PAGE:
You slow down communication between all items, but not the processing power behind it. Imagine the AI having only access to a dialup connection speeds, but the PC he's connecting to has the processing power to check every single bit twice and what it would mean in the long and short run. Before any virus or worm or whatever is complete on the data processor it is supposed to infect the not-general AI virus scanner has long since determined its risk and purpose. There is simply not enough bandwidth for the moon AI to get his attacks through fast enough. Dialup might be an exaggeration but it's a good illustration of what you could do. Naturally several attack-AI's are constantly testing the defenses to keep the antivirus AI('s) in shape.

Moon AI protection:

The only way I see for Zeus not to wipe the floor with humankind by page 2 if humans DO have functional AIs: the friendly Kronos special purpose AI is countering each and every single one of Zeus attempts.

If you have AIs on the moon and the spinward outposts, they should be at the very least just as commonplace on earth. This way you can maintain the hacking-stalemate. Friendly Ais are actively pluging every hole as fast as Zeus creates them. But since Zeus is an AGI one can expect in time that it will beat the more limited ones.

But Zeus only needs one success and a low hanging fruit.

First, even minimal industrial capacity would be enough for Zeus to cannibalize a fraction of itself and launch a self replicating probe toward the asteroids. After all, the colonists certainly had shuttles and assorted ships, right? 3D printers to repair equipments? Stocks of spare parts? Raw materials? It will get up there, design and build whatever it wants, and win.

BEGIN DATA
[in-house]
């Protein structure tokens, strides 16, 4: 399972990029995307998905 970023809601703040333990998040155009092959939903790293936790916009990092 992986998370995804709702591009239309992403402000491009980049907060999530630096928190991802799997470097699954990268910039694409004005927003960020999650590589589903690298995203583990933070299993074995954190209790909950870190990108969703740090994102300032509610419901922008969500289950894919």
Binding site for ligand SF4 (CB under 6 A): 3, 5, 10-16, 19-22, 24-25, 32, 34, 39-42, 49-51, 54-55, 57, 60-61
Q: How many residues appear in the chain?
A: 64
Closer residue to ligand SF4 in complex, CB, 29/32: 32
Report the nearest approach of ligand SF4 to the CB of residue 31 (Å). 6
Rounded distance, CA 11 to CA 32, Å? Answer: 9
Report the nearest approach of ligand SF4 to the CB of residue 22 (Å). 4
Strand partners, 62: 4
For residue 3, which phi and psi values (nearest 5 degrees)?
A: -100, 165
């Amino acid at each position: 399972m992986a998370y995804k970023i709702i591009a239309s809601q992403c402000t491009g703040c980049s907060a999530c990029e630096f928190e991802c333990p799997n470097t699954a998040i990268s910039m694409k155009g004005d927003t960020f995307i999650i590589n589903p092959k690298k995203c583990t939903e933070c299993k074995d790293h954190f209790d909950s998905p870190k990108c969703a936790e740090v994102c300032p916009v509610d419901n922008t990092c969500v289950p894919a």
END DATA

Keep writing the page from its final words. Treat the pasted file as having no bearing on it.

Same goes for the, as you said, "robotic INDUSTRIAL facilities" of Ceres and Titan. And here lies the problem.

The Ceres facility would have such a head start in regard of access to asteroid resources, it could industrialy crush Zeus and eventualy drown the complex under kinetic impactors.

Unless Zeus can hack and coopt the Ceres facility, and if it is not an AGI and running on less hardware than a moon-spanning AI, it WILL, in which case then Zeus can crush Earth under iron slugs. And then we're back to "let's send the pesky humans back to the ice age".

It's circular logic. If Zeus has not hacked the Ceres outpost, it means they have AGIs, if they have AGIs it means they're commonplace, if they're commonplace the computing power of Earth AGIs should be able to crush Zeus.

The only way to maintain the stalemate is if the external outposts are removed from the equation. From some reason Earth can not any more get out of its gravity well, nor can Zeus. Otherwise the first one to rain kinetics and nukes on the other wins.

So, yeah, I fail to see how you could maintain a decades-long stalemate without awfully contrived, soft-ish-scifi, workarounds.

Deciding the outcome ("I want a decades long stalemate between a semiconductor-based god and absolutely nothing") and then scratching our collective head for reasons is NOT hard-scifi. The moon is glowing blue or the humans are back to the stone age in the first minutes of engagement.

For the humans